The law, if passed, would apply to families after the death of their child, as well as, Americans who develop permanent disabilities.
A new bill is being introduced to alleviate a grieving section of people currently responsible for student loans. The reintroduced legislation by Sens. Chris Coons, D-Delaware; Angus King, I-Maine; and Rob Portman, R-Ohio, sets out to eliminate a student loan tax penalty. The law, if passed, would apply to families after the death of their child, as well as, Americans who develop permanent disabilities.
The federal government forgives certain federal student loans in these cases, however, the IRS treats the student loan forgiveness as income. When the average amount of debt that students have stacks up to $30,000 this can result in having to pay thousands of dollars in tax liability. The Stop Taxing Death and Disability Act would eliminate this tax. These two groups are already grieving and experiencing high costs for their unfortunate circumstances.
Congressmen Peter Roskam, R-Illinois; and Ron Kind, D-Wisconsin, are re-introducing a House companion bill. Sens. Johnny Isakson, R-Georgia; Debbie Stabenow, D-Michigan; John Hoeven, R-North Dakota; Patty Murray, D-Washington; Cory Gardner, R-Colorado; Tom Carper, D-Delaware; Susan Collins, R-Maine; Tim Kaine, D-Virginia; Richard Blumenthal, D-Connecticut; and Dianne Feinstein, D-California, also joined as original co-sponsors of the bill.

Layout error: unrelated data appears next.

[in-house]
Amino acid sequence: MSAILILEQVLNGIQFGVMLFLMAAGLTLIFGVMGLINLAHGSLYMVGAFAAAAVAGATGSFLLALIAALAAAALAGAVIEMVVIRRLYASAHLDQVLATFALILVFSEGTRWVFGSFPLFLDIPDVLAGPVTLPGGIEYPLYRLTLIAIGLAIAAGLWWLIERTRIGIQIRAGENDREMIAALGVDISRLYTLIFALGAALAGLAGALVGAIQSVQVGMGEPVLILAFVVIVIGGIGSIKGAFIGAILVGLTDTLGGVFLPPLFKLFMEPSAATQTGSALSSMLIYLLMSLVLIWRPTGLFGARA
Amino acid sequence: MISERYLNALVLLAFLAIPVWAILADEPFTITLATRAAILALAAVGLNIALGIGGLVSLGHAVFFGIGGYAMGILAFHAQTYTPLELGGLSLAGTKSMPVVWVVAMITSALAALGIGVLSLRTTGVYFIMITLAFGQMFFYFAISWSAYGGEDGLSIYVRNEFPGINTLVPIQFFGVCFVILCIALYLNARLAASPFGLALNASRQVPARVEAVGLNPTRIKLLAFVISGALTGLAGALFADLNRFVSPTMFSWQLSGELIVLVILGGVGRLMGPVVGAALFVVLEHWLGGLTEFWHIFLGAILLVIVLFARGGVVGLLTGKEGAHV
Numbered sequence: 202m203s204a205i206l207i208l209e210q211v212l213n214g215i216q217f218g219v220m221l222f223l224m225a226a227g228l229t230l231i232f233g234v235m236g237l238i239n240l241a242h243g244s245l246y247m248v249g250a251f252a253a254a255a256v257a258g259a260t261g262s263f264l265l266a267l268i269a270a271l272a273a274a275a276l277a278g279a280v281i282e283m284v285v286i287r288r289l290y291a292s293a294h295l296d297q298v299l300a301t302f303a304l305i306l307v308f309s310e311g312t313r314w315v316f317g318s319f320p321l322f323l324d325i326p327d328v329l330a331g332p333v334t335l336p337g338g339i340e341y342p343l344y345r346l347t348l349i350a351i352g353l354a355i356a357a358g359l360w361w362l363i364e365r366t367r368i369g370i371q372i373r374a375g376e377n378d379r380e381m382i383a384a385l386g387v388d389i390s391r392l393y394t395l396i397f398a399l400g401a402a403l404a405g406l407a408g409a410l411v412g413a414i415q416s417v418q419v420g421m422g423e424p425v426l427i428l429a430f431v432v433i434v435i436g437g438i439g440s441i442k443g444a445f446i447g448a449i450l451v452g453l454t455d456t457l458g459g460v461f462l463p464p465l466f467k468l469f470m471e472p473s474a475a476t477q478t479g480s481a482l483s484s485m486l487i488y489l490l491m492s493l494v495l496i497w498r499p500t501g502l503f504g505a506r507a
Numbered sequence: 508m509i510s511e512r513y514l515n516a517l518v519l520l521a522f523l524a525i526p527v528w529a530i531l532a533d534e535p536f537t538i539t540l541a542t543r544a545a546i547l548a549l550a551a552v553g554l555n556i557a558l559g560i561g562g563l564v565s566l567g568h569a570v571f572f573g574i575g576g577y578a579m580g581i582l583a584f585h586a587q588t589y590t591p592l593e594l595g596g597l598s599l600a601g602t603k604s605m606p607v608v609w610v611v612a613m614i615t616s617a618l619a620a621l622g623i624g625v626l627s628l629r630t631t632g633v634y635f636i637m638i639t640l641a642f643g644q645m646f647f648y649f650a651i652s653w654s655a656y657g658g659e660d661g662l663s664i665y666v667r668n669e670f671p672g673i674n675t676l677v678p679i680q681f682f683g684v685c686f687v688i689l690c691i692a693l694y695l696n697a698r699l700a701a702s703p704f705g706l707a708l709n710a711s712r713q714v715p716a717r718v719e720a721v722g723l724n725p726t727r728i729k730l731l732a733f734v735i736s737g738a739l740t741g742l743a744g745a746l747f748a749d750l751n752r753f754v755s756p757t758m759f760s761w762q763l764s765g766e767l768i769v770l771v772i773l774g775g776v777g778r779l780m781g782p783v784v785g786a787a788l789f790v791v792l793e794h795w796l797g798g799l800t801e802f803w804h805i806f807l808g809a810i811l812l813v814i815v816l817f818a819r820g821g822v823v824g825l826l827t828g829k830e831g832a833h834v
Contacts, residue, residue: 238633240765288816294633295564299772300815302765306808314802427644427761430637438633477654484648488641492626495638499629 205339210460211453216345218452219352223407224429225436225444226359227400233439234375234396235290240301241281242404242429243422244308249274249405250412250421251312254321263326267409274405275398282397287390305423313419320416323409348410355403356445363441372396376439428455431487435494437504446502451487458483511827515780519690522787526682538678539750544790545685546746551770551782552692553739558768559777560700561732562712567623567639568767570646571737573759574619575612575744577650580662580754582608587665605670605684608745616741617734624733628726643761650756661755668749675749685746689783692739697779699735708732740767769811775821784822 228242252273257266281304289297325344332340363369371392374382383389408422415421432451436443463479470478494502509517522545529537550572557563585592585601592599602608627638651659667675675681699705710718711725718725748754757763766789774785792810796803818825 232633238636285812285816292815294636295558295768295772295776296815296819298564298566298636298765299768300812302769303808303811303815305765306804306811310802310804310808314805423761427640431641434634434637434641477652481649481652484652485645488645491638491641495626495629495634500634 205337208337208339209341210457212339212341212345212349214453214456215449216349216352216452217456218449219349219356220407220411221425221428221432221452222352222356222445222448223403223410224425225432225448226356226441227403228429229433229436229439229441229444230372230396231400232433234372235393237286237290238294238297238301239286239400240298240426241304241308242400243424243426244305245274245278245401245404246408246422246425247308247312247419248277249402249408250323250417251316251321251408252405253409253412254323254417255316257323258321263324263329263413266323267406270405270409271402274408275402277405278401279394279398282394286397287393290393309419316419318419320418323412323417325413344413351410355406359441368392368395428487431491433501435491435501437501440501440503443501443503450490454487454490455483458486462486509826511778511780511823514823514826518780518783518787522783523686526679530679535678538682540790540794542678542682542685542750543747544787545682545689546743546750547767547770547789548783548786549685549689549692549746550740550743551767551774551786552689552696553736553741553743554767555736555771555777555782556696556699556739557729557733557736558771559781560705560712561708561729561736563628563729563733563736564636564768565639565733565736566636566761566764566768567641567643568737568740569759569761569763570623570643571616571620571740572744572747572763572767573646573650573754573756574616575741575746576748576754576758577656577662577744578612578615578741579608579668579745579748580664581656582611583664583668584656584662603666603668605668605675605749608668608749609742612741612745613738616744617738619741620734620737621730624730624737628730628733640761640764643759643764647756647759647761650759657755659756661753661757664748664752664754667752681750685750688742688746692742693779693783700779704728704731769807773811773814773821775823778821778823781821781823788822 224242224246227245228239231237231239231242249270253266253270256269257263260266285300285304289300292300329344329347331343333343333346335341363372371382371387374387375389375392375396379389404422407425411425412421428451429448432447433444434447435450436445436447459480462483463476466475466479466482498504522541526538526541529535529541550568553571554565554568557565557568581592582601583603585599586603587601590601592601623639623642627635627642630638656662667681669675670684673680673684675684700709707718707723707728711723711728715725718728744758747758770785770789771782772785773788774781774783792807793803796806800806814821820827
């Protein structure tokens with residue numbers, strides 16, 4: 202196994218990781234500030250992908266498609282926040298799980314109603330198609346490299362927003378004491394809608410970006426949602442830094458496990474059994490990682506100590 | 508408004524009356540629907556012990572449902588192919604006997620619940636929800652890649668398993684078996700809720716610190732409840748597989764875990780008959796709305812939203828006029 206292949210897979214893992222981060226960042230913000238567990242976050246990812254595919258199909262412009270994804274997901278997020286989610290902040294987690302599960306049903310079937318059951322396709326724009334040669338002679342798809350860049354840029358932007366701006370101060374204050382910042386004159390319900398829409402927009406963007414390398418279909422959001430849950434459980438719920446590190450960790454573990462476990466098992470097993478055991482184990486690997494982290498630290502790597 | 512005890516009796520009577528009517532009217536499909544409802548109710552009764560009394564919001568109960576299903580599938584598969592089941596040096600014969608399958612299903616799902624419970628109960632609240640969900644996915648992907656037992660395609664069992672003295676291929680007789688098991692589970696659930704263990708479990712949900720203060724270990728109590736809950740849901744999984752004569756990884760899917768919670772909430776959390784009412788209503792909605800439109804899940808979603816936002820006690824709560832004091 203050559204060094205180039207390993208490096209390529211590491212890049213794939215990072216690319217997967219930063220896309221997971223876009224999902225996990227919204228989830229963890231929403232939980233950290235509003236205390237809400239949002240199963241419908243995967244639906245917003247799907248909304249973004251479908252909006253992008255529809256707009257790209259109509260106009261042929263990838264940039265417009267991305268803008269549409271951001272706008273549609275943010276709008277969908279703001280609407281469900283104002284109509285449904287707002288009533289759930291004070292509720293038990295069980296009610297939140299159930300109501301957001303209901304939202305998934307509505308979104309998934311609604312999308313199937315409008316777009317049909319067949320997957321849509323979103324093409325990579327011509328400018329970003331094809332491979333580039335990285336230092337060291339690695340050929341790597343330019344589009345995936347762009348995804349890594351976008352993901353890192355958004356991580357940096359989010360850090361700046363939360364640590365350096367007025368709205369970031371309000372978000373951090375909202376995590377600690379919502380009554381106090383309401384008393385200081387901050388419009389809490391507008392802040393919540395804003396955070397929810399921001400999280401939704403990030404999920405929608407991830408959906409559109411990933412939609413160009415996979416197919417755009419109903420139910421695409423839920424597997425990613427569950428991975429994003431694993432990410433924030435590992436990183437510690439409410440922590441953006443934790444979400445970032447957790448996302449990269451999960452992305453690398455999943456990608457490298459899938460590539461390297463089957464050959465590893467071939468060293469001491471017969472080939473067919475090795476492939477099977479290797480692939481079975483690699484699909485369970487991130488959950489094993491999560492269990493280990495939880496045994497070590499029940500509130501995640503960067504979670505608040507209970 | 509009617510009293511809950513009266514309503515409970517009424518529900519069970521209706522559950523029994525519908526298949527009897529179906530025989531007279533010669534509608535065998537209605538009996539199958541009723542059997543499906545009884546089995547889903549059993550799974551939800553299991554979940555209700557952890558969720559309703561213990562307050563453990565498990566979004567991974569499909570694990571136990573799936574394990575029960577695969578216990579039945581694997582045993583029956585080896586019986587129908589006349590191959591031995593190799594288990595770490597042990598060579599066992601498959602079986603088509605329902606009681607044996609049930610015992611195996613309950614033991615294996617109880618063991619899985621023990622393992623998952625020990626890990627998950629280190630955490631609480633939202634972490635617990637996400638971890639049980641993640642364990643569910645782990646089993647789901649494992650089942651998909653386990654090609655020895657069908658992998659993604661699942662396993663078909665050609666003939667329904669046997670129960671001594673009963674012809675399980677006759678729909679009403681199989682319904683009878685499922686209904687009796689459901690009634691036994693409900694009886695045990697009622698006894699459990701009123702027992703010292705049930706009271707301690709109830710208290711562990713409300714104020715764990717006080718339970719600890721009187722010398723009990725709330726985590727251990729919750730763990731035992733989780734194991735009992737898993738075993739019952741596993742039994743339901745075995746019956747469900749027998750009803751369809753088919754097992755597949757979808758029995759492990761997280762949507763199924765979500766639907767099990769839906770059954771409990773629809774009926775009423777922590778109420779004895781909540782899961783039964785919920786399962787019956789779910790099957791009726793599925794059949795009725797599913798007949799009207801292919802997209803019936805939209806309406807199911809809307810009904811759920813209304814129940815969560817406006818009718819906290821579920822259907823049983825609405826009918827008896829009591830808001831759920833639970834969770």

The bill was introduced originally April 14th, 2016. A summary of the bill says:
This bill amends the Internal Revenue Code to exclude from the gross income of an individual the discharge of student loans or private education loans due to the death or disability of the student.
The bill also amends the Higher Education Act of 1965 to require the Department of Education (ED) to discharge the liability on loans that parents received on behalf of a student who: (1) has become permanently and totally disabled, or (2) is unable to engage in any substantial gainful activity due to a physical or mental impairment that can be expected to result in death or has lasted or is expected to last continuously for at least 60 months. (Under current law, ED is required to discharge the loans to parents if the student dies.)
The bill has bipartisan support and has been reintroduced because of the increase in outreach from constituents around the country. Many individuals are shocked and blindsided by these extra charges they didn’t expect after experiencing a death in the family or injury resulting in permanent disability.
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